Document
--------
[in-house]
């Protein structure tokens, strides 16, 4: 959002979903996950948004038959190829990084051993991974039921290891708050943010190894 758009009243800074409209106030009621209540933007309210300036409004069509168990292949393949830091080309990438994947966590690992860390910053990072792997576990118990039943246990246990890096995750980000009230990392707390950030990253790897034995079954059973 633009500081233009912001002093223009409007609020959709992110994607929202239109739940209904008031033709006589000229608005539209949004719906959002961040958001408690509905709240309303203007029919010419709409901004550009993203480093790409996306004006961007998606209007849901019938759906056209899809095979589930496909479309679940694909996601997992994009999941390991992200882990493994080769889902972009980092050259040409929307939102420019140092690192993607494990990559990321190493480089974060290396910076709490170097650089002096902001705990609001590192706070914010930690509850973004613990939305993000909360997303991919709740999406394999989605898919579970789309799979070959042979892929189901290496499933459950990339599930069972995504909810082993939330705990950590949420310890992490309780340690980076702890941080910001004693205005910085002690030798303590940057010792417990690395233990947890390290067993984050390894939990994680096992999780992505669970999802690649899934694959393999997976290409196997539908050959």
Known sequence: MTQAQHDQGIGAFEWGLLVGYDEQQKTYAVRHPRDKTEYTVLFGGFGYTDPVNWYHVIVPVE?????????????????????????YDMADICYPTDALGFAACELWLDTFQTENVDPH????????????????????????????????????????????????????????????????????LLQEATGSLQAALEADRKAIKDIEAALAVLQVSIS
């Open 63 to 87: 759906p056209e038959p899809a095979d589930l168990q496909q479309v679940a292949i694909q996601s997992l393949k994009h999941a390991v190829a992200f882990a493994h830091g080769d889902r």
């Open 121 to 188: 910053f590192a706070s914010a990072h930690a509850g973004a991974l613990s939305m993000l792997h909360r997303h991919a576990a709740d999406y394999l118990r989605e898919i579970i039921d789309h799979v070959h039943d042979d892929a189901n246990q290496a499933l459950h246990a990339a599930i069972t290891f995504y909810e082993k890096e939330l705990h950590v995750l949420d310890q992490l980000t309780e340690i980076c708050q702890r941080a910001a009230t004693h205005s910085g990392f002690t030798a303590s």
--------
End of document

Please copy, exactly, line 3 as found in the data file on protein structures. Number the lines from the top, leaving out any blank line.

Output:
Known sequence: MTQAQHDQGIGAFEWGLLVGYDEQQKTYAVRHPRDKTEYTVLFGGFGYTDPVNWYHVIVPVE?????????????????????????YDMADICYPTDALGFAACELWLDTFQTENVDPH????????????????????????????????????????????????????????????????????LLQEATGSLQAALEADRKAIKDIEAALAVLQVSIS